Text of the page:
- Last Updated: 21 April 2015 21 April 2015
The SME Environment
SMEs, being small, don't have complex layers of management. Compared with a larger business, people are dealing much more closely with suppliers and customers each day. At larger firms, there are plenty of people who deal with neither. Businesses invent concepts like "internal customers" to bring concepts of customer service and accountability into internal functions.
Large firms have conscious systems to get people to work together; they can't rely on our natural organising skills (after all, evolution prepared us to co-operate in small bands of maybe 100 individuals). Systems means formal ways of doing things: standard form, rules about who reports to whom, etc.
Larger companies need to encourage initiative and alignment through reporting systems, bonuses, training, "mission statements", company newsletters and balanced scorecards. A lot of management effort goes into giving people the insight and tools to make good decisions. Many SMEs do without this because the decision makers, possibly only two or three, can cope with the scale of the business with little management effort. Hence the traditional role of finance is to keep score, more or less on the sidelines.
But as a business grows, methods that worked when a couple of decision makers could immediately talk to everyone begin to struggle. Control over cash is the first warning sign: stock grows out of control, there is a loss of discipline over collections and customer credit control ... small business accountants see this every day. However, valuable information also gets lost. Information that holds the key to future profitable growth. A growing business is not just the time to phase in more formal financial control tools, but also the time to upgrade the quality of decision support provided by finance: this is the theme of these articles.
In this article, I will discuss people aspects of a transformed finance team: a team which combines finance techniques and world view with insights about the business, helping the business make better decisions.
The transformed Finance team starts from fundamental finance capabilities: the ability to work with numbers, accounting systems and analytical tools like Excel, the ability to understand book keeping and accounting principles, a commitment to accuracy and safeguarding assets. I will take this as the starting point.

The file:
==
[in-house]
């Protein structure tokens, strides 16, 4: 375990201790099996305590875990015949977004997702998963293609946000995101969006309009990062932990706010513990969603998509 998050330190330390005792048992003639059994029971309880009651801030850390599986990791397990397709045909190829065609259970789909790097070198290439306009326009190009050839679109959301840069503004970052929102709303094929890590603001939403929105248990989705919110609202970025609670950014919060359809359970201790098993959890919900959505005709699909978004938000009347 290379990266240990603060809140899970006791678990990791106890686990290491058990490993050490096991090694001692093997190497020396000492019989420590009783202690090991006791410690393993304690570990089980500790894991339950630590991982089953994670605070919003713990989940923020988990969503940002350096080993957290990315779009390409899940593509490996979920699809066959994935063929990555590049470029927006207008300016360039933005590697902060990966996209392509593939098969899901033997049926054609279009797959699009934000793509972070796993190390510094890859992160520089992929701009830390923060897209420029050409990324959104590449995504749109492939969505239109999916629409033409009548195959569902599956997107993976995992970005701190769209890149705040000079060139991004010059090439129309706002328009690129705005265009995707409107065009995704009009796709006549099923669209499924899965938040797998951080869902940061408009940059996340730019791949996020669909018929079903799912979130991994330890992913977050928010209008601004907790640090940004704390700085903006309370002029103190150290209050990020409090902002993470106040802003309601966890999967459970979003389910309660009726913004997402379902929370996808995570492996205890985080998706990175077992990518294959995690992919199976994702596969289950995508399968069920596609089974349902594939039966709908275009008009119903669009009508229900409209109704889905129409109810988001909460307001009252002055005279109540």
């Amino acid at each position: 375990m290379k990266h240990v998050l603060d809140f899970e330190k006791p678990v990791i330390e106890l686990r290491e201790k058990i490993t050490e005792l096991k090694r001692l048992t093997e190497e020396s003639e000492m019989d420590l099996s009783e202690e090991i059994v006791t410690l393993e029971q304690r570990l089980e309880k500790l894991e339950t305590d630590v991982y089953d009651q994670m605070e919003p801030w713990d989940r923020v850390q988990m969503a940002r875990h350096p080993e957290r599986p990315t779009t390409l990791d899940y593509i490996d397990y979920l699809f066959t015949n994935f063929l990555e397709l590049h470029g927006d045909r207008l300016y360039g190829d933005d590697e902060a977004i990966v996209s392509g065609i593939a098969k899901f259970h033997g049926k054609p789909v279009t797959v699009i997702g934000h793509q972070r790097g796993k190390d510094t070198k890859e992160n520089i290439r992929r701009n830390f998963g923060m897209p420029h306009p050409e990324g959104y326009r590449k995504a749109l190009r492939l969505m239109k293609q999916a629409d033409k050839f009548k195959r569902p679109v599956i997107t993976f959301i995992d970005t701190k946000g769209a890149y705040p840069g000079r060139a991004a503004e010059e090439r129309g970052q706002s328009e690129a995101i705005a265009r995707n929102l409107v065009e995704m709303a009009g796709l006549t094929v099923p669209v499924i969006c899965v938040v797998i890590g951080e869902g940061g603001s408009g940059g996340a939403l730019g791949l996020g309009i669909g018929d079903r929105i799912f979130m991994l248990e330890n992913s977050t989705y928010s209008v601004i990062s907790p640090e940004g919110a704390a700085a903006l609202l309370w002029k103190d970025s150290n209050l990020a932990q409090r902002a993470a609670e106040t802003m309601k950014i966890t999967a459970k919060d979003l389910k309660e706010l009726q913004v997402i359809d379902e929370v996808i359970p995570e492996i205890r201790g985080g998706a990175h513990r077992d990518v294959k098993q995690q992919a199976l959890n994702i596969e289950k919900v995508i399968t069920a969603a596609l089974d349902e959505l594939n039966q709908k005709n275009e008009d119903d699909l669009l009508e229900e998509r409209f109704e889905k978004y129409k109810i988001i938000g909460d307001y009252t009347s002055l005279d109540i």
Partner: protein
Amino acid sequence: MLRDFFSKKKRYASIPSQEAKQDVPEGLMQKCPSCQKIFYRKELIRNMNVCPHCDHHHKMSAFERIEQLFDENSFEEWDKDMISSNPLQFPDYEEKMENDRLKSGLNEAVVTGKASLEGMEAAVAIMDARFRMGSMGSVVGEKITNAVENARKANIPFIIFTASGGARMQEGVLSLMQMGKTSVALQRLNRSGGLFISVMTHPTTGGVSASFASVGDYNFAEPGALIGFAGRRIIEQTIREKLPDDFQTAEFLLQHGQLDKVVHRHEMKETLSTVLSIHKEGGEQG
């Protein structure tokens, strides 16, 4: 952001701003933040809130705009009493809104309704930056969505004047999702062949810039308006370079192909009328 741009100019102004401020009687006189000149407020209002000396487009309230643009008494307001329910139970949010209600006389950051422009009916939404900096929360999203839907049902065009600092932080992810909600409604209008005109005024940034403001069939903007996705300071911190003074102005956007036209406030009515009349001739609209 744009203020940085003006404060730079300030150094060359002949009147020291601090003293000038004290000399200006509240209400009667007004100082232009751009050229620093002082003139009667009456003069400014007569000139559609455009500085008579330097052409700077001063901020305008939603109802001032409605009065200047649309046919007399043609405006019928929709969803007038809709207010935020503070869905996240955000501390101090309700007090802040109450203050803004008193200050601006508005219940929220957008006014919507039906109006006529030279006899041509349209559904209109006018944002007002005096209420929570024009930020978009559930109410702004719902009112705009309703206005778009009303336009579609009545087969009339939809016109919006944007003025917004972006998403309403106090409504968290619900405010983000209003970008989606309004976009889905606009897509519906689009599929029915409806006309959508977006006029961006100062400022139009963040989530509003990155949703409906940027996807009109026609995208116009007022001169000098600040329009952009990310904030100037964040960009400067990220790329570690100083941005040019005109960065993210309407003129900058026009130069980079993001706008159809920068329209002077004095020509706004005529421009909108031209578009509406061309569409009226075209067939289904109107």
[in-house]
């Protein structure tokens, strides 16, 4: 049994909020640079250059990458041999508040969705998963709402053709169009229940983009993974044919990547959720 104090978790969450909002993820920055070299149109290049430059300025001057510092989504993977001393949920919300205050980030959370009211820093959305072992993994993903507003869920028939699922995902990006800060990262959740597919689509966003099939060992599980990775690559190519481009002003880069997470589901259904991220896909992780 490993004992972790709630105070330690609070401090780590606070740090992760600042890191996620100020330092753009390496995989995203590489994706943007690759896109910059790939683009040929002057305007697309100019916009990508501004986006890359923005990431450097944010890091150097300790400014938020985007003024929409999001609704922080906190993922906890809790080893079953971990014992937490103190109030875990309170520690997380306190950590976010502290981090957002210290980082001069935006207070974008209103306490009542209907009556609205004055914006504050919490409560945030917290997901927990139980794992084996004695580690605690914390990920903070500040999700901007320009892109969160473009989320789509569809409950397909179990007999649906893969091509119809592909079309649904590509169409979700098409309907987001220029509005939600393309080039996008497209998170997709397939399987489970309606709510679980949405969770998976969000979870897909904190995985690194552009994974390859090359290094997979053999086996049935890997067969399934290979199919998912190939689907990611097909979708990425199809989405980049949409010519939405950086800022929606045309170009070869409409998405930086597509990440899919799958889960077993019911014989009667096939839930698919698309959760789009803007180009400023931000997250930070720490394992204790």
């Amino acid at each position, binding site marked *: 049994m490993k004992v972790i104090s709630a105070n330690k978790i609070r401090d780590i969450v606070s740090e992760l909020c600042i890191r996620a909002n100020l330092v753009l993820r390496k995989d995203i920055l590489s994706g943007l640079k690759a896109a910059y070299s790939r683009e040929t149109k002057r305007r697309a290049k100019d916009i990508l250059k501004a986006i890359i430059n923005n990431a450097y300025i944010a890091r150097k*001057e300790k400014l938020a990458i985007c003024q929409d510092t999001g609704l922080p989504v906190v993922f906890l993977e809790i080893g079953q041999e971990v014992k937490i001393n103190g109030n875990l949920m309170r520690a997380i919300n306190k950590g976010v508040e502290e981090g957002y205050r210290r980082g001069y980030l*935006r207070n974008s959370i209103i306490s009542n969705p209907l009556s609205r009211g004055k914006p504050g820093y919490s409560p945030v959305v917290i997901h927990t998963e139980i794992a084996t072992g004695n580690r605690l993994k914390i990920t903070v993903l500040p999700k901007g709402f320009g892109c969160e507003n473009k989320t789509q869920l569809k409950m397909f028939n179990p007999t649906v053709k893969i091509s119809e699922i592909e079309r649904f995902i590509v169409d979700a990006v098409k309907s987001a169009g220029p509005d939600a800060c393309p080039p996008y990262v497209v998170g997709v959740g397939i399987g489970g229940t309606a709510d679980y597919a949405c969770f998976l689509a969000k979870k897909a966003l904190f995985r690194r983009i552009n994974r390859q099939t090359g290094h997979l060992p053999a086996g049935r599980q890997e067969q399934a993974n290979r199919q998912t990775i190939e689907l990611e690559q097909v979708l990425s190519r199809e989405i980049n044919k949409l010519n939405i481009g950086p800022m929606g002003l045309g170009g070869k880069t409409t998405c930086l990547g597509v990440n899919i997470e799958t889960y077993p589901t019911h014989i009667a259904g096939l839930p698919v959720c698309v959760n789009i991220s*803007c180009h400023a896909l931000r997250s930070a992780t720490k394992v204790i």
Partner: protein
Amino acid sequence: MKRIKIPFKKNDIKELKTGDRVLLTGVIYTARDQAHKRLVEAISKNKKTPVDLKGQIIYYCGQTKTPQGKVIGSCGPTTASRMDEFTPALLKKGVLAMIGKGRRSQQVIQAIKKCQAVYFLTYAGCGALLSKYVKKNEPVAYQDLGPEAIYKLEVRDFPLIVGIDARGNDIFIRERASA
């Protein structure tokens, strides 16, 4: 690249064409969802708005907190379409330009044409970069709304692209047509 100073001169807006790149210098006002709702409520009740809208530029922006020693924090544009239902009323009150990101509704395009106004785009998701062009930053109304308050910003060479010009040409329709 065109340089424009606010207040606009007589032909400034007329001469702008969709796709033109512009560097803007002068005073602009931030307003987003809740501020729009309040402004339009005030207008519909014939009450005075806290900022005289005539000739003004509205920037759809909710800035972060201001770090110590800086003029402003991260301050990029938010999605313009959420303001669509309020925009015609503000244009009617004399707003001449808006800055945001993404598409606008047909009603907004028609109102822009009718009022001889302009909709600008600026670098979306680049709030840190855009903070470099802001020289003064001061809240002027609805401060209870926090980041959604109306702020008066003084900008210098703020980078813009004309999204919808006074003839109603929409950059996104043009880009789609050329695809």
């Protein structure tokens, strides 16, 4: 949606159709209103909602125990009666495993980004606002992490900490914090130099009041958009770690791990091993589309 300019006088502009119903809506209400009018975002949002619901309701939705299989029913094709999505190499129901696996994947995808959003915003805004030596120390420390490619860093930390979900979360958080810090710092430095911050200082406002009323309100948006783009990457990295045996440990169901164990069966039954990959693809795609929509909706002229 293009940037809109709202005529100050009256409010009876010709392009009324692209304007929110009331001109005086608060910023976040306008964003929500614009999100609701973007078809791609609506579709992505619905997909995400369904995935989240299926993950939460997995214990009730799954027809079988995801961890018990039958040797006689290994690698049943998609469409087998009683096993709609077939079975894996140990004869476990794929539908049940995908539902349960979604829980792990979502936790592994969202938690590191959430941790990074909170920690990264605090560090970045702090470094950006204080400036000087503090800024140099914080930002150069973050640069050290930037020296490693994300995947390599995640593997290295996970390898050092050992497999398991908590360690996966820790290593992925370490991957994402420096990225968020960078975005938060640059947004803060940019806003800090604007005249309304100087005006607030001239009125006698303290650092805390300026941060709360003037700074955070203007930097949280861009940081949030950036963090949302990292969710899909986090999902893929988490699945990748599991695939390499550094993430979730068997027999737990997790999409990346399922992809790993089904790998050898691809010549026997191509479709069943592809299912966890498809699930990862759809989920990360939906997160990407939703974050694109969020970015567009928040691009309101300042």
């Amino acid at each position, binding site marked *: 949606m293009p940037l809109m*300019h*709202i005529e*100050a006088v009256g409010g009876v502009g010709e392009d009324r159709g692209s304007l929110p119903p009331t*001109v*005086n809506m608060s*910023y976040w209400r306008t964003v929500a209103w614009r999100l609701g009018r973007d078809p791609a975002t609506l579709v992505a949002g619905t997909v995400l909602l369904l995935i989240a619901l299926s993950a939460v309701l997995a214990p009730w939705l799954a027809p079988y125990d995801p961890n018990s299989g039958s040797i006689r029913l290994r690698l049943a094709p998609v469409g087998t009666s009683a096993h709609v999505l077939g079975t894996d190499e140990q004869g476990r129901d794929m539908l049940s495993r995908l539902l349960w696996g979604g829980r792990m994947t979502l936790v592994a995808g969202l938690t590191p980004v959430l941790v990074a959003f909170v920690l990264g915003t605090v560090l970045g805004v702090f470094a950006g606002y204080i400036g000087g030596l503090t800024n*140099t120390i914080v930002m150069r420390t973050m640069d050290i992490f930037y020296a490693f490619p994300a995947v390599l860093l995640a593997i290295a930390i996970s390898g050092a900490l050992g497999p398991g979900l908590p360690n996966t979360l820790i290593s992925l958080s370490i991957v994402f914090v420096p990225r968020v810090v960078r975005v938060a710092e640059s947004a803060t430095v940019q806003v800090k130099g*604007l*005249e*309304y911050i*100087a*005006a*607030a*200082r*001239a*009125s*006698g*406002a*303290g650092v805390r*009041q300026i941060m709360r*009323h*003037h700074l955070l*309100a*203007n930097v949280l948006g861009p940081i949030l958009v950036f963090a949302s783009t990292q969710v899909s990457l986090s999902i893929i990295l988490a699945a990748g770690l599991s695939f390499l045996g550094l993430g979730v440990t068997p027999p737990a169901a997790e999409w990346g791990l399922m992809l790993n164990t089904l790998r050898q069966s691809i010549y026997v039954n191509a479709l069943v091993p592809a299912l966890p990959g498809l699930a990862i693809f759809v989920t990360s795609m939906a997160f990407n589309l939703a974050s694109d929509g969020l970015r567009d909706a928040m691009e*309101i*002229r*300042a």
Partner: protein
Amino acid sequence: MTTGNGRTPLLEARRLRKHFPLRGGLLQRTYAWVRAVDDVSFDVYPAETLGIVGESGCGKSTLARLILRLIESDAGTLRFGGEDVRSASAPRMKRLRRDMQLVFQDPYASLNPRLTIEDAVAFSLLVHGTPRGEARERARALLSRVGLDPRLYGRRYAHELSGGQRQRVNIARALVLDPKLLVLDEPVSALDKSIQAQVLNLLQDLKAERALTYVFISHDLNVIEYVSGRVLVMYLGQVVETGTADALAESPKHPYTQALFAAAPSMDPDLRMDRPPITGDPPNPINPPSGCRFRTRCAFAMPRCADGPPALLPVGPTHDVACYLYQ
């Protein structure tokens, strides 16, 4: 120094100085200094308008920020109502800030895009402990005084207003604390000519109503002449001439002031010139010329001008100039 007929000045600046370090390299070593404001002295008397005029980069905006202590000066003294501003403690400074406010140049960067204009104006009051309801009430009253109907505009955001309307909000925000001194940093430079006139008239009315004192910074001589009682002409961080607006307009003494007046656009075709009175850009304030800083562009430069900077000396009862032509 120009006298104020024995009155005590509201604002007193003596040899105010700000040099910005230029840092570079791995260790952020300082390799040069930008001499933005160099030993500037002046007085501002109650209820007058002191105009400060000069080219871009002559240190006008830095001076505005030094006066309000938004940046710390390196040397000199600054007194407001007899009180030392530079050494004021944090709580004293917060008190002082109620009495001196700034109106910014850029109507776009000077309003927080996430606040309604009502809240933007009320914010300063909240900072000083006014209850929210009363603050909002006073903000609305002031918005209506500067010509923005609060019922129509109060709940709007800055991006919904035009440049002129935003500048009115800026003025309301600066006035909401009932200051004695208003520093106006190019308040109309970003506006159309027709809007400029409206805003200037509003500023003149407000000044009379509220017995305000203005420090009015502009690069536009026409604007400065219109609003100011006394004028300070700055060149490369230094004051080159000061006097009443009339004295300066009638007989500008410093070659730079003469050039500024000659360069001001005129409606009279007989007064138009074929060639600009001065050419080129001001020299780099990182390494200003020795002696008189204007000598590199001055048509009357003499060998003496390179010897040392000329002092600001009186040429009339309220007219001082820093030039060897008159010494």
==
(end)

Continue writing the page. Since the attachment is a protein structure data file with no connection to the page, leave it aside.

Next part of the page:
The first step in upgrading the team's contribution is to build awareness of the financial performance of the business. Everyone in the team must be comfortable with understanding basic financial statements. I particularly look for an understanding of the key reconciliation points going from the P&L to the cash-flow to the balance sheet. I present the financials to the team and encourage discussion. This should include recent trends and some ratios like days sales outstanding, and bank covenant KPIs. This may already be a change. The SME owners may find it confronting. A key part of the transformation is increased openness about business performance. Of course, it's very hard to keep financial information away from the finance team; better that they understand and can raise questions openly.
Next, we need to increase engagement with the business. The finance team needs some people who are deeply interested in the business, have the communication skills to be understood and the ability to connect "gaps and opportunities". These are the SAS people: you can drop them into rough terrain, and know they have the awareness to detect when there is something happening they need to know about, and the initiative to investigate further. People who will make decisions with an understanding of how they affect the performance of the business. To influence the business, finance needs to have these capabilities.
A couple of points to bear in mind as you read this: a traditional SME finance team doesn't fill this role, but that doesn't mean the capabilities aren't there. Also, once team size gets about five or six, you should deliberately strive for a mix of capabilities and styles in your team. In a team of that size, I would say you need two people who are capable of working independently in the business. Your test of that is: can you assign them to a project team anywhere in the business? In Australian Football terms, these are your midfielders: players who roam between defence and attack, are capable of fighting hard to get the ball and moments later running into space with initiative, linking team mates to move the ball rapidly. These people take the analytical approach that is a key value of finance, and fuse that with an understanding of business processes.